If all the eligible people sign up, Cayman’s register of electors could increase from 15,161 to over 18,000, Supervisor of Elections Kearney Gomez told registering officers on Thursday.
He cited three groups - Caymanians who have recently reached the voting age of 18; people who have been eligible for years but chose not to register; people who are newly eligible under the voter qualifications as set out in the Constitution of the Cayman Islands in effect since November 2009.
Registering officers in Grand Cayman met last week to brainstorm about how to conduct a registration drive. They agreed to do what they have done in the past - make registration more convenient by setting up stations outside supermarkets every Saturday from 1 September through 1 December.
Contact will also be made with churches to see if registration booths can be set up on specified dates.
Of course, people may go to the Elections Office any day Monday through Friday, between 8.30am and 5pm.
Registration forms are available from the Elections Office or on its website, www.electionsoffice.ky. Applicants should note what documents are required and bring them along.
People who register on or before 2 January, 2013, will be on the list that becomes official on 1 April: that is the list that will be in effect for the general elections in May 2013.
People who are already on the list do not need to register again. However, if they have moved, they should file a change of address form. This is important because the Elections Office needs to be able to plan for how many voters can be expected at each polling station. The information would be critical if Cayman moved to a system of single-member constituencies, Mr. Gomez pointed out.
The qualifications to be a voter are set out in section 90 of the constitution. A person is entitled to be registered as an elector if he or she is a Caymanian, has attained 18 years of age, is resident in the Cayman Islands at the date of registration and has been resident for a period or periods amounting to not less than two years out of the previous four years.
Anyone who was entitled to be registered before the new constitution came into effect is still so entitled.
A person applying for registration as an elector should bring a copy of his or her birth certificate. If the applicant was not born in the Cayman Islands, he or she should also submit a copy of the birth certificate of a parent or grandparent who was born in Cayman.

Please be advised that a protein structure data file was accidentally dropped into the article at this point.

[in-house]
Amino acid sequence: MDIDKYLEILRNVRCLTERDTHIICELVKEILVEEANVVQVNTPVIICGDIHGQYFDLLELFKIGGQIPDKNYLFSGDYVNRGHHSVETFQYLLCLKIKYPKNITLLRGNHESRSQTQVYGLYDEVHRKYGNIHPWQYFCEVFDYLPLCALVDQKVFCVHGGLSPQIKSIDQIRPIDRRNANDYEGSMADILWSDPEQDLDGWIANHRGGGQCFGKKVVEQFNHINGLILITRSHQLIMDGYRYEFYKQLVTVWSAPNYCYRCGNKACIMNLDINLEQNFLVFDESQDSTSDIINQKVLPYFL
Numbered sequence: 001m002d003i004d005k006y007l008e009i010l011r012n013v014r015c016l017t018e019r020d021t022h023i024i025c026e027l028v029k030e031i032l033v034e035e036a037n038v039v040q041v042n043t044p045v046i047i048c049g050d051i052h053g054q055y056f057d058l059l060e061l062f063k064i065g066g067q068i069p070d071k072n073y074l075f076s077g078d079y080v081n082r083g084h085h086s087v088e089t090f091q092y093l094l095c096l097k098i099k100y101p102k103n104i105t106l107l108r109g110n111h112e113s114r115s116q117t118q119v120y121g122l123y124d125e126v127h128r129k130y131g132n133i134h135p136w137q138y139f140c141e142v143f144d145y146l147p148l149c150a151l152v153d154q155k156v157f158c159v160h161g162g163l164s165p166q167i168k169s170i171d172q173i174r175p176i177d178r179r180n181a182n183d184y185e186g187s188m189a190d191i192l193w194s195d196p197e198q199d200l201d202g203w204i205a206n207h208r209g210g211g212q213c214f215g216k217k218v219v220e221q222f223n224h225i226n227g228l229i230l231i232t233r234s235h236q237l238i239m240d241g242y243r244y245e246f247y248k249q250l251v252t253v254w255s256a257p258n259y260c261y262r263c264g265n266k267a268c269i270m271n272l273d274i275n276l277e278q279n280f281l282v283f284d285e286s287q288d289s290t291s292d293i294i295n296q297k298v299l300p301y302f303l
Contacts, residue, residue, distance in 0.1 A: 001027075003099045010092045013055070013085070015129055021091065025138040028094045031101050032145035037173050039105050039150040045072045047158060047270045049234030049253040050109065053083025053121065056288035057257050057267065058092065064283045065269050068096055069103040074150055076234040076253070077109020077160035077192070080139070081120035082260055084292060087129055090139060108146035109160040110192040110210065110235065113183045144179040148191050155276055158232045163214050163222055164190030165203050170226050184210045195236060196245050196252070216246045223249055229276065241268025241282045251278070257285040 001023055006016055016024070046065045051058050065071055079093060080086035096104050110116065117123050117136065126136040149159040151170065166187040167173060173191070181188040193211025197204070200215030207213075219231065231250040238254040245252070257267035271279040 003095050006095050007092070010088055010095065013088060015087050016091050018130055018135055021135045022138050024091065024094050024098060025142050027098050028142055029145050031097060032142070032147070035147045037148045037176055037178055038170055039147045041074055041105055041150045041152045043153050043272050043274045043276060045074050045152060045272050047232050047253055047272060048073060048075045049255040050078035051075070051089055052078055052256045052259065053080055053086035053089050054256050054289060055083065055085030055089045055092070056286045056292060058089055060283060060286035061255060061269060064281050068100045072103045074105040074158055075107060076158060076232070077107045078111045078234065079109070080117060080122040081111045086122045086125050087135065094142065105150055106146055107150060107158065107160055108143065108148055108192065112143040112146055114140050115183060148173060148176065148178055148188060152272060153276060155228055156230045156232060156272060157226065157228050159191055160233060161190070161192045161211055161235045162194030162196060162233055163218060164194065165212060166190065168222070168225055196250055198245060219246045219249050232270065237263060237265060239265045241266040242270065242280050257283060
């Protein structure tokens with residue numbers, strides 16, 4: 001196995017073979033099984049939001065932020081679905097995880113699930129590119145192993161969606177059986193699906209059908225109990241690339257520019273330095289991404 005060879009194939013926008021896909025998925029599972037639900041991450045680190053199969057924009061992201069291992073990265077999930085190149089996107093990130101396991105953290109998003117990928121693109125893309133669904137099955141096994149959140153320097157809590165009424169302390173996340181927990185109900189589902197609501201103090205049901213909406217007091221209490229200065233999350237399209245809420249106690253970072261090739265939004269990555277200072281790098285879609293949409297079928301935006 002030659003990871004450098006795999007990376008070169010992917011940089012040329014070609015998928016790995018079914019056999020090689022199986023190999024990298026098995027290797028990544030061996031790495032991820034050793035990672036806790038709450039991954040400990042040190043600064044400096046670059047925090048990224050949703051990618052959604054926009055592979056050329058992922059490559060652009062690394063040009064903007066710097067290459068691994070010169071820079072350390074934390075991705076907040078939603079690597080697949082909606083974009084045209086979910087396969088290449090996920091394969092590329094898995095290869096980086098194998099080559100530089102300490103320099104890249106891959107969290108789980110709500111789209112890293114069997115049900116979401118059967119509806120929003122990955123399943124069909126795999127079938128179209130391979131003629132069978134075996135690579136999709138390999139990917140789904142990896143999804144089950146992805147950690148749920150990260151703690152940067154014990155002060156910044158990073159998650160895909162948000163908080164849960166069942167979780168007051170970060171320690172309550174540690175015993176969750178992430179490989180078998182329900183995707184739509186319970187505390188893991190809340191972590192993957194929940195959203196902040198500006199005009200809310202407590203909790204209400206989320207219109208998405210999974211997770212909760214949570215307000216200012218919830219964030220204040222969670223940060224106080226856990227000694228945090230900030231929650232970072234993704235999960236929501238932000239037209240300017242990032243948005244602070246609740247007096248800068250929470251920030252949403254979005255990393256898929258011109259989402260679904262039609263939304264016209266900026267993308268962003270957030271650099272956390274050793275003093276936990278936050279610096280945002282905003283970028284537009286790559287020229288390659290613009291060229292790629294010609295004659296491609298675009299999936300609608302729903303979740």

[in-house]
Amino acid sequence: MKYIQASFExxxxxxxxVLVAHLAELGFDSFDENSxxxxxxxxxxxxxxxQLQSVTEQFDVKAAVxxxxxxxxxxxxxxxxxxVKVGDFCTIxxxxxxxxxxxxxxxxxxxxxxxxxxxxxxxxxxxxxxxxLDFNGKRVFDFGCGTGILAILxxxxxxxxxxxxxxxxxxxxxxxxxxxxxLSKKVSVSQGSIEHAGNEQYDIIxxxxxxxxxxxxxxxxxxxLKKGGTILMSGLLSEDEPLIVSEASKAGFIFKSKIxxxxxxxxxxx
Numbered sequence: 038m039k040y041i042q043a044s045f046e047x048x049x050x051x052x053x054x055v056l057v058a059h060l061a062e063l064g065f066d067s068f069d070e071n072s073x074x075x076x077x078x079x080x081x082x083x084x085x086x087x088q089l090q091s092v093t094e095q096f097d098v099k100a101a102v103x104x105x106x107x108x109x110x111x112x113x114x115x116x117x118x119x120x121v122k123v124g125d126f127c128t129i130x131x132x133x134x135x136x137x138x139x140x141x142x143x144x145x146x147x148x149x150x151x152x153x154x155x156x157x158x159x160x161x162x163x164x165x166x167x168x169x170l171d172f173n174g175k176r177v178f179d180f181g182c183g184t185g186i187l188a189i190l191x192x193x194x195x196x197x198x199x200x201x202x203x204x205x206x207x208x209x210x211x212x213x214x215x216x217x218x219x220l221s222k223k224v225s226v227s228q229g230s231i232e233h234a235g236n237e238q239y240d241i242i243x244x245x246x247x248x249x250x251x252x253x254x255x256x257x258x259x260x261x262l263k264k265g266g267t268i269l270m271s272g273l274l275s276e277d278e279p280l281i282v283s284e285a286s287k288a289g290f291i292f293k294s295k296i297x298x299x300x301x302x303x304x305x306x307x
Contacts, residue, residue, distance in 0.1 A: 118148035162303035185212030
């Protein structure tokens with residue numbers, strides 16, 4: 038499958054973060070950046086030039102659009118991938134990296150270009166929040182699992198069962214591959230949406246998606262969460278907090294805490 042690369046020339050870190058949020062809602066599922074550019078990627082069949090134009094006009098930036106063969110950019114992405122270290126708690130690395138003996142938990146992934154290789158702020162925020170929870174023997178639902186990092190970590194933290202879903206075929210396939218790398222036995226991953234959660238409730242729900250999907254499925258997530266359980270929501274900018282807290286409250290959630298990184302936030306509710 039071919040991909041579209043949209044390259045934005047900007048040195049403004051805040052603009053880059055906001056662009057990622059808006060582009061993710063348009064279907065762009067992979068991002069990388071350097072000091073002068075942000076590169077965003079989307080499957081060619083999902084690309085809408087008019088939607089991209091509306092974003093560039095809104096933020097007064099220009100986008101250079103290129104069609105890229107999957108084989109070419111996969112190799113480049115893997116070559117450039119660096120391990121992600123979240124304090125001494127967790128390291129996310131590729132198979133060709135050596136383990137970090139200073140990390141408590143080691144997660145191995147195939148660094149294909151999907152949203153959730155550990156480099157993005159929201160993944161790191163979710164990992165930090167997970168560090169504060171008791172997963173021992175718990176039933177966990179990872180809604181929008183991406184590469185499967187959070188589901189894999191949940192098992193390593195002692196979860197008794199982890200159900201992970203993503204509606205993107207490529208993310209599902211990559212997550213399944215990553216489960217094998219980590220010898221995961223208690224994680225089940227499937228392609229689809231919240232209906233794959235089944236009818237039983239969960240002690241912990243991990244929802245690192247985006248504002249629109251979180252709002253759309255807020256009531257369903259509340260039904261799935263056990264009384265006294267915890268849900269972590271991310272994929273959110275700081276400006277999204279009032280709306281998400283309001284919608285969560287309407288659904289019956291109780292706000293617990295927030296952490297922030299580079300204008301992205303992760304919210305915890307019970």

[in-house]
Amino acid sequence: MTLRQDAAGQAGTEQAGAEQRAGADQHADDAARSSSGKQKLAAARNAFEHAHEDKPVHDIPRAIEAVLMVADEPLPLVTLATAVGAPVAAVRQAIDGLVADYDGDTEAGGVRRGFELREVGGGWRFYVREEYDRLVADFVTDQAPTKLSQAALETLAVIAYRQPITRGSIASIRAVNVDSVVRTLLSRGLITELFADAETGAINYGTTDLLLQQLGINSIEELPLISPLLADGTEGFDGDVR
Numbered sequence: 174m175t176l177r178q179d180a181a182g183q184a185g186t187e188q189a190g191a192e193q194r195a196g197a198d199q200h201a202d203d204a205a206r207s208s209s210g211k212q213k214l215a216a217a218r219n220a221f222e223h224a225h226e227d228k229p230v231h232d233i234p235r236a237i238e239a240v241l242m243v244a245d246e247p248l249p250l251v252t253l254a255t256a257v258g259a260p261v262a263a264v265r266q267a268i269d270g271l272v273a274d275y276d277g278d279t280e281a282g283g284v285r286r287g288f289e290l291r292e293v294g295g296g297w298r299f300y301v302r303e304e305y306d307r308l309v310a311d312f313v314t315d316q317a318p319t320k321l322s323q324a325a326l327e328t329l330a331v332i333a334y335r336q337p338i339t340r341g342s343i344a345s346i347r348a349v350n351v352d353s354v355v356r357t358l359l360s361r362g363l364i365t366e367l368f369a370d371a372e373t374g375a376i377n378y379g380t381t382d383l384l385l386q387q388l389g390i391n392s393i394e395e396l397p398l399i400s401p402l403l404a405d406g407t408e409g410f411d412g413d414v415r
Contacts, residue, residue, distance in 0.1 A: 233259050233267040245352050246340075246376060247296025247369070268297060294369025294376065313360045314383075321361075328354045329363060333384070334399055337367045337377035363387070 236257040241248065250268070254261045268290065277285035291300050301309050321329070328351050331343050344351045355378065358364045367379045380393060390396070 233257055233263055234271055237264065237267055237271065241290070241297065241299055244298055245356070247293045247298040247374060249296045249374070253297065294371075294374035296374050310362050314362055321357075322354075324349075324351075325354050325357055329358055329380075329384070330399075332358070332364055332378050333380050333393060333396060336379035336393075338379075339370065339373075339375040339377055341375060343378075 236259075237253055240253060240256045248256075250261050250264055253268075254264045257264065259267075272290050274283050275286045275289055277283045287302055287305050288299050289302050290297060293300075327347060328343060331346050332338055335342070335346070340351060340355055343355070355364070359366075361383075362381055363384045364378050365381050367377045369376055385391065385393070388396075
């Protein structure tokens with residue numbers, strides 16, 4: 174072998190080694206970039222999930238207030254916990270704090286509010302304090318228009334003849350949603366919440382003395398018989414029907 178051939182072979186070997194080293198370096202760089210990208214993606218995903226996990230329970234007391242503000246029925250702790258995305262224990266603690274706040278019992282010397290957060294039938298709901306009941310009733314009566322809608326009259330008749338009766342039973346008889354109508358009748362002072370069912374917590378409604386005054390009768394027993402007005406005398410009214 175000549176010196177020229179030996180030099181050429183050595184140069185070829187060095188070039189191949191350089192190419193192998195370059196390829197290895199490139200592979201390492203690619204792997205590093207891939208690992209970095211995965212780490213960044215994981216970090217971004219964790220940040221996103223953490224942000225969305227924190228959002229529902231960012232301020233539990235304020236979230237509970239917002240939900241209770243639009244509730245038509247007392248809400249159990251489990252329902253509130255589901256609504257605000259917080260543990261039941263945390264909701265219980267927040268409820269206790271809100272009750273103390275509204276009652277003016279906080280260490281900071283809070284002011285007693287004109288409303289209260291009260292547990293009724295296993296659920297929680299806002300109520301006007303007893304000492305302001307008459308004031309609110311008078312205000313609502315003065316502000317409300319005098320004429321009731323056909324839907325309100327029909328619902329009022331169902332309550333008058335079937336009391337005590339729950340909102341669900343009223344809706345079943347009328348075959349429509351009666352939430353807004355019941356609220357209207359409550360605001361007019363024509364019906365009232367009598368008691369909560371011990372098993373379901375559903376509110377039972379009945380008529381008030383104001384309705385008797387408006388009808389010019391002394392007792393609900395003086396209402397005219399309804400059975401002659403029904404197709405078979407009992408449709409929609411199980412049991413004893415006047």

If the applicant possesses Caymanian status, he or she should submit a birth certificate and a copy of the letter or certificate of status.
Anyone who is not yet 18 on the day a writ is issued for an election but who will turn 18 on or before the polling date may register if he or she is otherwise qualified.
A person otherwise qualified will not be entitled to register if he or she is serving a prison sentence of more than 12 months or has been adjudged to be of unsound mind.
If an applicant born in the Cayman Islands needs a copy of a birth certificate, it can be obtained from the General Registry in the Citrus Grove Building for $10.
In the 2008 registration drive, there were people who did fill out an application form, but then never brought in their birth certificate. Registering officers now advise that they will not accept any application form unless the person has the required documentation. If the applicant brings everything required, the officer can say then and there that the person qualifies.
A copy of the voters list can be found in all government post offices and district libraries. It can also be checked on-line. People who want to check names on the list should use these resources. They should not call the Elections Office and expect staff to check for them, Mr. Gomez said, because it is very disrupting.
The Registering Officers are Darlene Owens-Elliott, West Bay; Kathryn Myles, George Town; Kerry Nixon, Bodden Town; Leisha Velonie Welcome, East End; Patricia Ebanks, North Side. In Cayman Brac and Little Cayman, Ellen Lazzari has succeeded Georgene Lazzari.